Frogs Thought To Be Extinct Found In Ecuador
Ecologists have rediscovered 32 species of harlequin frogs in Ecuador that were thought to be extinct.
They said the rediscovery paints a brighter picture for the future of these frogs and for biodiversity in general but stressed the need for conservation action.
Doctoral student Kyle Jaynes of Michigan State University and lead author of the study said: “I can’t tell you how special it is to hold something we never thought we’d see again.
“We want people to walk away from this with a glimmer of hope that we can still address the problems of the biodiversity crisis.”
For 40 years a pathogenic fungus has been decimating amphibious populations around the world and has pushed many species to extinction.
Once a species is classified as extinct the chances of it coming back are slim.
That is why the researchers were so surprised to find the frogs surviving in the Ecuadorian jungle.
Mr. Jaynes said: “But rediscovery does not equal recovery. This story isn’t over for these frogs, and we’re not where we want to be in terms of conservation and protection. We still have a lot to learn and a lot to do.”
Assistant Professor Sarah Fitzpatrick, a collaborator on the project, said: “This study opens up a lot of other questions.
“For example, why are these frogs persisting? What we found points to the fact that there probably isn’t a single explanation.
“And now that we’ve described these frogs, how do we ensure their recovery?”
The team, who published their findings in the journal Biological Conservation, also included researchers from Ecuadorian universities and local indigenous communities who also treasure the frogs.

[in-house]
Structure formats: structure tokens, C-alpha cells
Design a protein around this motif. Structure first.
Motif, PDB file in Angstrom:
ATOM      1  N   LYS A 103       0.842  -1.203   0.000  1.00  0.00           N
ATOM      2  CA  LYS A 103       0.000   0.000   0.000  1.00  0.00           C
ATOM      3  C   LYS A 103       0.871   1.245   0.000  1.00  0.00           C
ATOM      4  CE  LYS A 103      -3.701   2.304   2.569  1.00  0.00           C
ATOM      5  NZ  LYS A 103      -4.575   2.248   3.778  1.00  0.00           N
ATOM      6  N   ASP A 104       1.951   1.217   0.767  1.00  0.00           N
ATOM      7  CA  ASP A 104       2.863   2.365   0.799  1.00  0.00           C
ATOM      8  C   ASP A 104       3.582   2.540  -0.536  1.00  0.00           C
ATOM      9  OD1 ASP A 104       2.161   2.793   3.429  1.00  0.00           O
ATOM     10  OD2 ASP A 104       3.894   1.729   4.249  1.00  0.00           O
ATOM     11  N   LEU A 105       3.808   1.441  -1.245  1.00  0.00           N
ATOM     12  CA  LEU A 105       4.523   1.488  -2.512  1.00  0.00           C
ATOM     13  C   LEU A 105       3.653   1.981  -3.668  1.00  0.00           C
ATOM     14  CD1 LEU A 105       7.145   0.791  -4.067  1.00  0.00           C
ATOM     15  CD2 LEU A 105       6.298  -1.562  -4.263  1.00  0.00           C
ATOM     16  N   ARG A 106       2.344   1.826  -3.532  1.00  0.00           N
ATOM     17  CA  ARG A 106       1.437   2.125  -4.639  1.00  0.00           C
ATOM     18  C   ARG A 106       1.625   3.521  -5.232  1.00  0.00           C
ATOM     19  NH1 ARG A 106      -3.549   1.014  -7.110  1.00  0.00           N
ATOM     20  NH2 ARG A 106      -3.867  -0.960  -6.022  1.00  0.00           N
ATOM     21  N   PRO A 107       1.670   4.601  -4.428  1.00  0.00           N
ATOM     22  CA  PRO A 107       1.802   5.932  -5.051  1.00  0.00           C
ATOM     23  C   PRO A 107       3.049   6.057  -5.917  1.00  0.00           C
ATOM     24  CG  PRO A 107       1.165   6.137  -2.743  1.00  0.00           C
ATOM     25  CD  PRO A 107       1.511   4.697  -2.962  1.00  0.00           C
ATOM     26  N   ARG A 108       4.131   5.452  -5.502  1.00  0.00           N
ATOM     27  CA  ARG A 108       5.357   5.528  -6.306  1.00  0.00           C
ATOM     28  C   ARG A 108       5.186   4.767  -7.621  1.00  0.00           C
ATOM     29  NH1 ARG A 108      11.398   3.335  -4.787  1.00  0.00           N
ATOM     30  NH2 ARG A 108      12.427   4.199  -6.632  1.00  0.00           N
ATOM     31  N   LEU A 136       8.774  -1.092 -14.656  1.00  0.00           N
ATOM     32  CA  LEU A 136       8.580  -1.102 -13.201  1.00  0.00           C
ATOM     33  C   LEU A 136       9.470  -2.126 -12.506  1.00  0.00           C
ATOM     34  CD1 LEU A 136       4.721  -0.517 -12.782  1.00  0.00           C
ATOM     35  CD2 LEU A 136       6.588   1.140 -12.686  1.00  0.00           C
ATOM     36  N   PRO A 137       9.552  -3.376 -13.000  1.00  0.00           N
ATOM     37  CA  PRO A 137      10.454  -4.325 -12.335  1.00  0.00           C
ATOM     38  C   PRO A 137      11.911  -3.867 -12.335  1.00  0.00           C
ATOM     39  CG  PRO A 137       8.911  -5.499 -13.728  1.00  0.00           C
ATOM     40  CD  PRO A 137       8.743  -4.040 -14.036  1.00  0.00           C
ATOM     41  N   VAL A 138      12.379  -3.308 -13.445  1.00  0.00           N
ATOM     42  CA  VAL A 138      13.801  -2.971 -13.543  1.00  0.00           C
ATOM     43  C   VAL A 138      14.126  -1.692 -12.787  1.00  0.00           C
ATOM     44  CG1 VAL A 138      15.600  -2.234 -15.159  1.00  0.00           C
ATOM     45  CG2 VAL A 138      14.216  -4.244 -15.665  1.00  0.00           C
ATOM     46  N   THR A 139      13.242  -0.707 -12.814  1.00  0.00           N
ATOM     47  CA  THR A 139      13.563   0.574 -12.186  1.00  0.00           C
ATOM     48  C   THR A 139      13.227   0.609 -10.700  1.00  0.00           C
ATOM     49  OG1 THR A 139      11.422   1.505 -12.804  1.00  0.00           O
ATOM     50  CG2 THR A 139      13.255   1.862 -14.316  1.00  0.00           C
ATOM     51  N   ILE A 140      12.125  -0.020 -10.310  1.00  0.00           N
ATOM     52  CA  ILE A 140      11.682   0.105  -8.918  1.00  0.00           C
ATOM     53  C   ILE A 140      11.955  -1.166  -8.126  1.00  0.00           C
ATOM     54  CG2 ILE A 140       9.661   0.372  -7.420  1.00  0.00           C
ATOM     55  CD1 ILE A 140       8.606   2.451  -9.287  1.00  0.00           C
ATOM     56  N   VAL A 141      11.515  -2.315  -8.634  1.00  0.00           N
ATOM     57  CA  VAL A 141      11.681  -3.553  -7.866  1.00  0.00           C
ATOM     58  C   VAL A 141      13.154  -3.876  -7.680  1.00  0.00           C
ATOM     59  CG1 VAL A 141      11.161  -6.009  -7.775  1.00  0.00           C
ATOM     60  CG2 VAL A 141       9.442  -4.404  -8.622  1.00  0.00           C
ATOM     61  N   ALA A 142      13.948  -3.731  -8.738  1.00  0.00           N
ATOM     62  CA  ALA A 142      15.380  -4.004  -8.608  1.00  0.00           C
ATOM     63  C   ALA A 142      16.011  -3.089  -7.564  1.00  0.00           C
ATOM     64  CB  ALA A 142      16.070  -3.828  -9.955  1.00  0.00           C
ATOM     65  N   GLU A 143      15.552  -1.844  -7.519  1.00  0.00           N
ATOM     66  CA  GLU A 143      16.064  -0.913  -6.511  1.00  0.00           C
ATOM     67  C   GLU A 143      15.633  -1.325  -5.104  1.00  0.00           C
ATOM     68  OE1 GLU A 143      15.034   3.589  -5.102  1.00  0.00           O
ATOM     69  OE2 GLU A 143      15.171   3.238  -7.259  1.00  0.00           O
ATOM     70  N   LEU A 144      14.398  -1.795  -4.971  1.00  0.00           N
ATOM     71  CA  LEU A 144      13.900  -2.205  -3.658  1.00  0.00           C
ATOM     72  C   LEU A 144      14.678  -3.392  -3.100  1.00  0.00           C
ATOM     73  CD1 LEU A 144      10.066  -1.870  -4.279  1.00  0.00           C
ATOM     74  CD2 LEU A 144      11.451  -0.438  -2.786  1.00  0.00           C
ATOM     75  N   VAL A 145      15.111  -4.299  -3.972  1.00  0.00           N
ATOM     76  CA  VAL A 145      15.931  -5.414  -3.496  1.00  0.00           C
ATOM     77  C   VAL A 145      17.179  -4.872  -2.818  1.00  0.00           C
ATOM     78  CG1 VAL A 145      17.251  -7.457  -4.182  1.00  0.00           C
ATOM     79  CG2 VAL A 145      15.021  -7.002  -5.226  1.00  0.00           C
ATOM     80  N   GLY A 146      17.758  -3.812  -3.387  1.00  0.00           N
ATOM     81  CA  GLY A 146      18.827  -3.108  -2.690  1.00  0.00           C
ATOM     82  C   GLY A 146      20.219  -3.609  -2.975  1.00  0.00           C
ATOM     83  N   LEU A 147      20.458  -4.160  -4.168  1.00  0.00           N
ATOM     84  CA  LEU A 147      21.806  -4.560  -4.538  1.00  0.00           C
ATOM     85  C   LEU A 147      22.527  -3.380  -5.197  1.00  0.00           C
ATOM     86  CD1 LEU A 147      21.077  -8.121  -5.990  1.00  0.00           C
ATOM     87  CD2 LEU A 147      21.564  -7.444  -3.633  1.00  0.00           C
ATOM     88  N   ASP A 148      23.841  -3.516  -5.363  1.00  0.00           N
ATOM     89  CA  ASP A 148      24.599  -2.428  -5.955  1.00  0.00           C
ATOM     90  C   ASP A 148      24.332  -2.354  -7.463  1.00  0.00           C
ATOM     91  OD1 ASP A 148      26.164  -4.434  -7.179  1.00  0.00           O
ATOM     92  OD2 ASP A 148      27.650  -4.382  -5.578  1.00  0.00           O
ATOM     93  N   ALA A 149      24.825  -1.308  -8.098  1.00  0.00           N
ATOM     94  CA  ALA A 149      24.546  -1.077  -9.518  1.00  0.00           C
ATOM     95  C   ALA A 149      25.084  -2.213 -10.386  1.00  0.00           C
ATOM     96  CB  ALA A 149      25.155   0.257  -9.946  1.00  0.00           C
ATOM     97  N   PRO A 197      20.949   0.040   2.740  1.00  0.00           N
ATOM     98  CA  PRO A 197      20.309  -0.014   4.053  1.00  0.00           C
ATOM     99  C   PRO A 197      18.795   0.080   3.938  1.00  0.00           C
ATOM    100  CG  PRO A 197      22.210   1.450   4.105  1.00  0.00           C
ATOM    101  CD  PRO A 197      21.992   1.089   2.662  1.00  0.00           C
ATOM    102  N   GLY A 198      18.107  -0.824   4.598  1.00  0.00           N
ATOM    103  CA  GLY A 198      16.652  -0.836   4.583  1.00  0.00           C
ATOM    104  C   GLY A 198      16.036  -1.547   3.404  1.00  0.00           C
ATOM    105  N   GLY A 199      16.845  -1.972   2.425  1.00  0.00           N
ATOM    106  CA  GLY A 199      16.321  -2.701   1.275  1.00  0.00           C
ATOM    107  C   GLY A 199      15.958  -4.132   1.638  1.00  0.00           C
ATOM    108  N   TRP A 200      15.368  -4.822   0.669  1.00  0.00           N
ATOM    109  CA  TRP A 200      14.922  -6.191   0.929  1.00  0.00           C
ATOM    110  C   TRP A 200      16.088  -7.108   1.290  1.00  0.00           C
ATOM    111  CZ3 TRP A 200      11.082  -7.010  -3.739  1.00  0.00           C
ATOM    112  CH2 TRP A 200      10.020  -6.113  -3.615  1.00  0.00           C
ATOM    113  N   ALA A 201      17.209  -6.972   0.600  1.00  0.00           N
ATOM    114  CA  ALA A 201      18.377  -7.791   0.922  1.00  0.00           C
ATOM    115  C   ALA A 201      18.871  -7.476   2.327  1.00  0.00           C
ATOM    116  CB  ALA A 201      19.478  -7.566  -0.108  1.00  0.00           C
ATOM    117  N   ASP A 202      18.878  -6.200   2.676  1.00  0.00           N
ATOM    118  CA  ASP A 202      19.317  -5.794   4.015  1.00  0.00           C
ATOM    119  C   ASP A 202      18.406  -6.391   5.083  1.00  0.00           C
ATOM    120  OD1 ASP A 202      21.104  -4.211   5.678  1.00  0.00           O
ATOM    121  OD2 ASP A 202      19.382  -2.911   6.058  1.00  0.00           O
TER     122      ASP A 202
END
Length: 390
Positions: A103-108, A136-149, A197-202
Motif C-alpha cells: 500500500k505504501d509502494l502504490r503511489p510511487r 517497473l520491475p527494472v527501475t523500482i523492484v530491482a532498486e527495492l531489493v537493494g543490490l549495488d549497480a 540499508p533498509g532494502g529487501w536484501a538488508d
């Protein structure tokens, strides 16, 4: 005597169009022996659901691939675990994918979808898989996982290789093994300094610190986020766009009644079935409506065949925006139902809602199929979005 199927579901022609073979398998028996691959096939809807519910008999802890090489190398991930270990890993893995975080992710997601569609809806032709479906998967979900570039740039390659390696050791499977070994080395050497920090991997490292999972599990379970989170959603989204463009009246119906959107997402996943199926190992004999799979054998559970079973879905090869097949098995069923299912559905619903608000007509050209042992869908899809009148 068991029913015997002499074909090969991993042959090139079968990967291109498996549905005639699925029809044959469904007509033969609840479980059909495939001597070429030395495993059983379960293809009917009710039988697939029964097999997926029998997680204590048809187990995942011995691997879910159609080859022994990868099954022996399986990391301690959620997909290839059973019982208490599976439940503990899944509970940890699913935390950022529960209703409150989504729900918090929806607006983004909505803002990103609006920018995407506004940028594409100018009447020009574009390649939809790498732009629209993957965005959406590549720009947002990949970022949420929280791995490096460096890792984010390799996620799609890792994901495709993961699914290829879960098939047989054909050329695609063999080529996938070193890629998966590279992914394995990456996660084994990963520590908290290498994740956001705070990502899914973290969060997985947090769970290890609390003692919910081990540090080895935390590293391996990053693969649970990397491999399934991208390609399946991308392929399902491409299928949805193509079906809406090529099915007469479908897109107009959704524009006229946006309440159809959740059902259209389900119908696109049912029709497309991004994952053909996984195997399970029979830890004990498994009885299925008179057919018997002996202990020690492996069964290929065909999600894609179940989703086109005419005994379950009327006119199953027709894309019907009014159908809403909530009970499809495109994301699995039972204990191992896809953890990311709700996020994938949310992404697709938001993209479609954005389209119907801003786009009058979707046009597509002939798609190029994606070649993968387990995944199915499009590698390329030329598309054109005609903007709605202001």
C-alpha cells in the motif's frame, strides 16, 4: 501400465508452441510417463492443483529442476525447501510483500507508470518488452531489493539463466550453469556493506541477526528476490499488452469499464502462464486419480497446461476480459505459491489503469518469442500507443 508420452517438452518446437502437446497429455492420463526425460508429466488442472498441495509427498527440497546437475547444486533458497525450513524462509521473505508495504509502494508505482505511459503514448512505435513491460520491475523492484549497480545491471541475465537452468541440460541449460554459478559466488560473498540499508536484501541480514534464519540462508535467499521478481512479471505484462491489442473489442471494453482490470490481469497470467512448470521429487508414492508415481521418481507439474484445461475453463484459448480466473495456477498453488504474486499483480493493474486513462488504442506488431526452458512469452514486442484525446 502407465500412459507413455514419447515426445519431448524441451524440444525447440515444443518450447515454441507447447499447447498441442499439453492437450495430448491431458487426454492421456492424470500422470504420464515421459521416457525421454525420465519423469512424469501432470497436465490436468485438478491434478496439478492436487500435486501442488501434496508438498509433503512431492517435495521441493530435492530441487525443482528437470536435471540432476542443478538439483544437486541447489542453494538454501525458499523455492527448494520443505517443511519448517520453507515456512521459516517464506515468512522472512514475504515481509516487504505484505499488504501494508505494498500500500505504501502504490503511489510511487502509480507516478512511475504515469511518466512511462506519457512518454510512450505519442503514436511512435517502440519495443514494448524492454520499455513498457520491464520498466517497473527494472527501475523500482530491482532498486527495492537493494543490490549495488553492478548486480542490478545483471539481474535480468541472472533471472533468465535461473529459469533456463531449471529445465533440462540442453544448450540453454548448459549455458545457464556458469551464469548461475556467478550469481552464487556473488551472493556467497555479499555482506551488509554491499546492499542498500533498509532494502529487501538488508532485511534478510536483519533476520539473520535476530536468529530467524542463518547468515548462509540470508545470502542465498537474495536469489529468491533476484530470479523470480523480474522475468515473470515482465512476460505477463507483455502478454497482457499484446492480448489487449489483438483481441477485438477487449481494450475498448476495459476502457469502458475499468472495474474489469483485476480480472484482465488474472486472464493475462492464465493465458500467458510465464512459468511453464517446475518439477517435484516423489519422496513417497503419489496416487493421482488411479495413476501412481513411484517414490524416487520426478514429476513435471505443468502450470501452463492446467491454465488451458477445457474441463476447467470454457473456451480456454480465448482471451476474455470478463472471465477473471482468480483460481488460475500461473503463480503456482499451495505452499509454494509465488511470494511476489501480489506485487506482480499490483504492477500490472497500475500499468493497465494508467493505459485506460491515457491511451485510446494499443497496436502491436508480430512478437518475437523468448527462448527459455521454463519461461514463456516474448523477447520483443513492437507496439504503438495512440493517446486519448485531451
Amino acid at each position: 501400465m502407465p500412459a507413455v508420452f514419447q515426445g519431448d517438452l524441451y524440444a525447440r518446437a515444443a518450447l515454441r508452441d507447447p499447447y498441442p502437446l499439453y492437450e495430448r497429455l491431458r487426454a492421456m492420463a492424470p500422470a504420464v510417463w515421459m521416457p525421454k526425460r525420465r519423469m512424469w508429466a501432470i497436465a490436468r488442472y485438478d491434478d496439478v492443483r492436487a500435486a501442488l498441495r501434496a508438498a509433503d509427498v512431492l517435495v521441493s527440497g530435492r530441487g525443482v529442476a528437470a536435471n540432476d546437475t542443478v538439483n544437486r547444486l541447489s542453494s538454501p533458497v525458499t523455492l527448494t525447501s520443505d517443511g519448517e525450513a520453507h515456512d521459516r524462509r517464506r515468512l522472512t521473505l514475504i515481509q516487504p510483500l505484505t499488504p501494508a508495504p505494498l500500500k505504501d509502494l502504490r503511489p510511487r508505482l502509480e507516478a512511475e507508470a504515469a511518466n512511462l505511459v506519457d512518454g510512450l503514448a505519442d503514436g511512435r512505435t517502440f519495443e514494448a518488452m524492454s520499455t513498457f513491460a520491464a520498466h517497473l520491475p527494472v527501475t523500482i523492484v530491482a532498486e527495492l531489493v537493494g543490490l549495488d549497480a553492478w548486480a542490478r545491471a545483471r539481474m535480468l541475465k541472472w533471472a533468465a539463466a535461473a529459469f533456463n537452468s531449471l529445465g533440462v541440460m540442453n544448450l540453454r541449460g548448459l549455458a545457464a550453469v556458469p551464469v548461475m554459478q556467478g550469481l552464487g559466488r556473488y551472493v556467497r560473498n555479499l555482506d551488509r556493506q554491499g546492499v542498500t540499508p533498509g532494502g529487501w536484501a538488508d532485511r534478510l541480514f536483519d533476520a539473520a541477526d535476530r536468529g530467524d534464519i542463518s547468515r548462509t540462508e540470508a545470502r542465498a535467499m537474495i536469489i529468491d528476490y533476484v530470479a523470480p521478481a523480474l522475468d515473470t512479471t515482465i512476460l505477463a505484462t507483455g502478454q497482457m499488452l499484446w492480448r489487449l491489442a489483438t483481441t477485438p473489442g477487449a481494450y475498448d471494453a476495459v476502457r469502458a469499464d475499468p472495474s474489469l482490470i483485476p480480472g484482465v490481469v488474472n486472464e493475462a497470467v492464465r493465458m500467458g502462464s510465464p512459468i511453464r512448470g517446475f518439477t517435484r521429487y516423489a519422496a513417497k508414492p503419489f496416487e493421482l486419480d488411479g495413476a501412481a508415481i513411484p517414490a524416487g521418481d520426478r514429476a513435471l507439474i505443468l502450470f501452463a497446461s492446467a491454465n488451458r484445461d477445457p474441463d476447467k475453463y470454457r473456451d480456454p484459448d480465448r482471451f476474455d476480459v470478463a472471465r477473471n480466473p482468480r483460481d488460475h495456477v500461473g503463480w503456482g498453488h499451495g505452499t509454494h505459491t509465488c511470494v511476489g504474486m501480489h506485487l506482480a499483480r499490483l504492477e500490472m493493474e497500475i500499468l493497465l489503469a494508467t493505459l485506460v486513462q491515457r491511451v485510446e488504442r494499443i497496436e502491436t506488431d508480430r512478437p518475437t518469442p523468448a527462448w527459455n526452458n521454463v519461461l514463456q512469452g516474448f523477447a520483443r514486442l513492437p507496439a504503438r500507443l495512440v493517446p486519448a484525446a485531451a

Asst Prof Fitzpatrick said: “We really want people to understand how important our partnerships are.
“We were invited into this work by our Ecuadorian colleagues. They’ve been working tirelessly on these challenges for decades. There are so many things that they bring to this work that make it possible.”
The fanciful colored markings of poison dart frogs are a warning to predators: If you eat me, you’ll regret it.
These tiny, colorful creatures secrete bitter toxins in their skin, and birds have come to associate their distinctive markings with danger. The frogs’ chemical defenses can cause swelling, paralysis and sometimes even death. Their markings are so distinctive that it seems any frog trying out a new look would be running a serious risk according to the NY Times.
Juan Manuel Guayasamin, an evolutionary biologist at San Francisco University of Quito, and colleagues weren’t looking for a new species—instead, they were taking a closer look at the known one according to National Geographic.
But the team noticed—first in photos and later in lab specimens—surprising variation in the markings between animals from the northern Chocó coastal region and the Andean foothills. (See “‘Extinct’ Toad Rediscovered in Ecuador.”)
“We realized the northern frogs had longitudinal lines, while the southern ones had a more reticulated pattern,” says Guayasamin. Their eye colors also differed. “So we decided to look at the genetics.”
Produced in association with SWNS Talker.